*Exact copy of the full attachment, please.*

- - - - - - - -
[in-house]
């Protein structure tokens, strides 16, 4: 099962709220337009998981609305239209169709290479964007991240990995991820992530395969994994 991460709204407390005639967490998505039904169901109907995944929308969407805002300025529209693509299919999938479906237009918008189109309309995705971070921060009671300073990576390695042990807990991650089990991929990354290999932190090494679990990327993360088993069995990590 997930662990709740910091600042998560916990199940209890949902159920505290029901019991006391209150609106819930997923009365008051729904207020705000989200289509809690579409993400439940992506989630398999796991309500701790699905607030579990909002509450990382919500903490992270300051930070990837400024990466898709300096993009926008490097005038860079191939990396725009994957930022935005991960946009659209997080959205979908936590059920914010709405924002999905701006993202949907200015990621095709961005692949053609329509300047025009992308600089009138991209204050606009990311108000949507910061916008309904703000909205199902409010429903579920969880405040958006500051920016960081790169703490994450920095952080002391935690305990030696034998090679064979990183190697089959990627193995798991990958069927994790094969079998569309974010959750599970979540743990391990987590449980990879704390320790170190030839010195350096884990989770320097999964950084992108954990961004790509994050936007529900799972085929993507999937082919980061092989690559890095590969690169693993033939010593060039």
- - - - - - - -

[in-house]
């Protein structure tokens, strides 16, 4: 099962709220337009998981609305239209169709290479964007991240990995991820992530395969994994 991460709204407390005639967490998505039904169901109907995944929308969407805002300025529209693509299919999938479906237009918008189109309309995705971070921060009671300073990576390695042990807990991650089990991929990354290999932190090494679990990327993360088993069995990590 997930662990709740910091600042998560916990199940209890949902159920505290029901019991006391209150609106819930997923009365008051729904207020705000989200289509809690579409993400439940992506989630398999796991309500701790699905607030579990909002509450990382919500903490992270300051930070990837400024990466898709300096993009926008490097005038860079191939990396725009994957930022935005991960946009659209997080959205979908936590059920914010709405924002999905701006993202949907200015990621095709961005692949053609329509300047025009992308600089009138991209204050606009990311108000949507910061916008309904703000909205199902409010429903579920969880405040958006500051920016960081790169703490994450920095952080002391935690305990030696034998090679064979990183190697089959990627193995798991990958069927994790094969079998569309974010959750599970979540743990391990987590449980990879704390320790170190030839010195350096884990989770320097999964950084992108954990961004790509994050936007529900799972085929993507999937082919980061092989690559890095590969690169693993033939010593060039």